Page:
Maybe you’ve personally had something happen in your life that has you sitting there thinking “He thinks that’s bad? Amateur .” Whatever happens to us, we may be a mess on the other side of it, but we get through it.


Some people do lot more than get through the setbacks. They’re even stronger on the other side. They have amazing stories.


What’s that about? In my case, once the injury happened, I wasn’t doing anything different from what anyone else would do. I had a better than expected result though. Even the doctor was a little surprised based on my age that it scarred up as well as it did.

What made the difference, and how can we use that to help us strengthen ourselves when the storm hits?


Knowing that at the very least we’ll get through, how do we set ourselves up to do better than that? How do we do more than just survive and weather that storm? How do we come back stronger, with even more momentum?


How do we use the adversity as fuel that forges us?

I believe the key lies in what you do to prepare in advance. It’s the little investments we make in ourselves each day that shift the odds in our favor.


Prior to my injury, I had invested decades in exercise. In fact, I was in unusually good shape at the time. We had been building and teaching our AIM fitness program for the better part of a year, so I was doing a lot of functional strength training. The doctor said I had a good shot at healing well because I was already in good shape when I got hurt.


I had been on a single ingredient nutrition plan in preparation for opening the cafe in the center. I was educating myself about healthy eating and measuring the impact it would have on my overall wellness. I’m sure that helped with healing on a cellular level.


When it was time to begin physical therapy (with my most amazing and dear friend Chris W), the decades of martial arts and tai chi helped me really tune in to my body and get the most from the exercises she gave me.


I had inadvertently done a lot of work in advance, not knowing what was coming, and it paid off in so many ways.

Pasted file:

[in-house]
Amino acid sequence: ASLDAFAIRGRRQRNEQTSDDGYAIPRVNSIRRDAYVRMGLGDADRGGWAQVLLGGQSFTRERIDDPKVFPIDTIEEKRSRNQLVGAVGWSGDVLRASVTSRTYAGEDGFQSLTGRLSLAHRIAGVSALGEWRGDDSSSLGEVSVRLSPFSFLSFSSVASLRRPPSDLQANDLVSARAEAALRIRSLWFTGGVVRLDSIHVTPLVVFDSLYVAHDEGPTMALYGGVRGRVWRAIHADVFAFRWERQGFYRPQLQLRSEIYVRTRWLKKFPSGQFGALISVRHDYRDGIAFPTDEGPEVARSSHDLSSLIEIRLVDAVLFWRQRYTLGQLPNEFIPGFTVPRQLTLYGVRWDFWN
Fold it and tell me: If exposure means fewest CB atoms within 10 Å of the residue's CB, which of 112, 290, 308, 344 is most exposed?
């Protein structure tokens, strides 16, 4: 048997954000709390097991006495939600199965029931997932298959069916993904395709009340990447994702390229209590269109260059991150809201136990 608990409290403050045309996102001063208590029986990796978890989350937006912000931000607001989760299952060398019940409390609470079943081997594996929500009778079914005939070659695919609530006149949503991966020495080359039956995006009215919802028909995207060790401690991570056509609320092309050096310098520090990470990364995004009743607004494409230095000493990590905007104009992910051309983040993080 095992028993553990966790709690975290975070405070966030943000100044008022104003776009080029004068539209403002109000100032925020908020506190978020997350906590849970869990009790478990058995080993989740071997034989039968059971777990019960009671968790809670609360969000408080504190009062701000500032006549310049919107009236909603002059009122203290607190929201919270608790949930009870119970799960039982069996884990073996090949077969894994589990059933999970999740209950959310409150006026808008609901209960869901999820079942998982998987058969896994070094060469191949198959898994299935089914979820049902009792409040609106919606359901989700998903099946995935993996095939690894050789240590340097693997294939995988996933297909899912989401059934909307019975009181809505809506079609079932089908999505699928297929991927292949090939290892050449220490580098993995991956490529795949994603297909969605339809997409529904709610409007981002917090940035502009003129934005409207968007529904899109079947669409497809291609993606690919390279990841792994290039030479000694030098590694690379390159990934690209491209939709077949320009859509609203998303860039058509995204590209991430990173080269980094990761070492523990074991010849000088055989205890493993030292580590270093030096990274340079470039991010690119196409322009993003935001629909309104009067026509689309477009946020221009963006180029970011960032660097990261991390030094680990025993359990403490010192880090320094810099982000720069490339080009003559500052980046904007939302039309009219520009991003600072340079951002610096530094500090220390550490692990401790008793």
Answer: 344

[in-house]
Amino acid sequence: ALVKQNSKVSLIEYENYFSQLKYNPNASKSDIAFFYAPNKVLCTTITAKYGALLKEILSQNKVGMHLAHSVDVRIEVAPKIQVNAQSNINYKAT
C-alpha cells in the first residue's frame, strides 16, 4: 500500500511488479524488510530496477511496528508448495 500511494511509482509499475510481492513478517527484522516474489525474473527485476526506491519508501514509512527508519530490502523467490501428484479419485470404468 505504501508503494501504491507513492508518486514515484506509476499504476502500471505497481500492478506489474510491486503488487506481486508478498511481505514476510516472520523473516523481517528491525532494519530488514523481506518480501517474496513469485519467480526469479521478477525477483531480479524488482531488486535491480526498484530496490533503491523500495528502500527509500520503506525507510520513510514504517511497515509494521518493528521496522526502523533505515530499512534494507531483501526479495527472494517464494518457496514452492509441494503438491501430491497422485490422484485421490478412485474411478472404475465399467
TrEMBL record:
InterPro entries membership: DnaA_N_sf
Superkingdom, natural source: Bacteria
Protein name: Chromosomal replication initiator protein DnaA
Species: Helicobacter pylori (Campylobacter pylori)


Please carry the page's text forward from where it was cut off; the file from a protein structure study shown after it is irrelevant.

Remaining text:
It seems like how well we get through has a whole lot to do with what we did before life punched us in the face.


Here’s my dream for you today.

That you do a little in advance every day. Make a small deposit into your own well being. Do it before you get hurt, or sick, or whatever chaos is lying in wait for you. If nothing else, you will continue to age, and that will lead to its own set of challenges. (Unless that guy who wrote Lifespan figures out how to cure it...we can hope!)


Practice for the game and know that when it’s time, you’ll be as ready as possible to play. Go for a walk. Take a yoga class. Do a few body weight exercises. Invest whatever you can, whenever you can. Drop a few pennies in the jar. They add up.


Make it fun when you can, and when you can’t, do it anyway. Take care of yourself as best you can, and be gentle with yourself when you can’t. Invest the time, and take what your body gives you. You don’t have to run a marathon. Run one mile. Build up to the marathon if that interests you.


You’ve got this. You’re not too old, or too young. You’re not too uncoordinated, or out of shape. And no, you don’t get a pass if you’ve worked out your entire life.

Keep at it.


Invest in yourself.

I think you’re worth it :)